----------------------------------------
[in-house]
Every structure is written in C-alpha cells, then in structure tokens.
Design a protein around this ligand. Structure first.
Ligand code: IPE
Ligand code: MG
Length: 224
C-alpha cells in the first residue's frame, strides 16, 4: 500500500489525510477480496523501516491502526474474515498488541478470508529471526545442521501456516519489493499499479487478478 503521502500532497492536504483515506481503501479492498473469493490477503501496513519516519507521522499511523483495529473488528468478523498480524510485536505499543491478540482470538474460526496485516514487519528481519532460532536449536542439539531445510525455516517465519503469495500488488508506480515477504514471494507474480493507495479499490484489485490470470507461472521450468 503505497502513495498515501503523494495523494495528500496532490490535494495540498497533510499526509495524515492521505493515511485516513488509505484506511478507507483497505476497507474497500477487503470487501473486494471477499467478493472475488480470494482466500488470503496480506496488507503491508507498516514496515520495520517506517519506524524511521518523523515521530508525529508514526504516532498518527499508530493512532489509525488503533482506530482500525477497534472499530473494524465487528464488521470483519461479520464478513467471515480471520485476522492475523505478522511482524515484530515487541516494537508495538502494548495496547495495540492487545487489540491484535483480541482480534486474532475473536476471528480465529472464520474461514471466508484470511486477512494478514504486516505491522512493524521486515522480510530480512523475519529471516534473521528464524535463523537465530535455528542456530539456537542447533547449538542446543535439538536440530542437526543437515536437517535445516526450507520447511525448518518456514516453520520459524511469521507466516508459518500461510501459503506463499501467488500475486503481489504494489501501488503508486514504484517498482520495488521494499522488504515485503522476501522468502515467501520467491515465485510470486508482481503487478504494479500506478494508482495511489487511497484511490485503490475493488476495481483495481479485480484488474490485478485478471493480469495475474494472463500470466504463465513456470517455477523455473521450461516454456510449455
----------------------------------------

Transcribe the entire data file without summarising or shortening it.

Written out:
[in-house]
Every structure is written in C-alpha cells, then in structure tokens.
Design a protein around this ligand. Structure first.
Ligand code: IPE
Ligand code: MG
Length: 224
C-alpha cells in the first residue's frame, strides 16, 4: 500500500489525510477480496523501516491502526474474515498488541478470508529471526545442521501456516519489493499499479487478478 503521502500532497492536504483515506481503501479492498473469493490477503501496513519516519507521522499511523483495529473488528468478523498480524510485536505499543491478540482470538474460526496485516514487519528481519532460532536449536542439539531445510525455516517465519503469495500488488508506480515477504514471494507474480493507495479499490484489485490470470507461472521450468 503505497502513495498515501503523494495523494495528500496532490490535494495540498497533510499526509495524515492521505493515511485516513488509505484506511478507507483497505476497507474497500477487503470487501473486494471477499467478493472475488480470494482466500488470503496480506496488507503491508507498516514496515520495520517506517519506524524511521518523523515521530508525529508514526504516532498518527499508530493512532489509525488503533482506530482500525477497534472499530473494524465487528464488521470483519461479520464478513467471515480471520485476522492475523505478522511482524515484530515487541516494537508495538502494548495496547495495540492487545487489540491484535483480541482480534486474532475473536476471528480465529472464520474461514471466508484470511486477512494478514504486516505491522512493524521486515522480510530480512523475519529471516534473521528464524535463523537465530535455528542456530539456537542447533547449538542446543535439538536440530542437526543437515536437517535445516526450507520447511525448518518456514516453520520459524511469521507466516508459518500461510501459503506463499501467488500475486503481489504494489501501488503508486514504484517498482520495488521494499522488504515485503522476501522468502515467501520467491515465485510470486508482481503487478504494479500506478494508482495511489487511497484511490485503490475493488476495481483495481479485480484488474490485478485478471493480469495475474494472463500470466504463465513456470517455477523455473521450461516454456510449455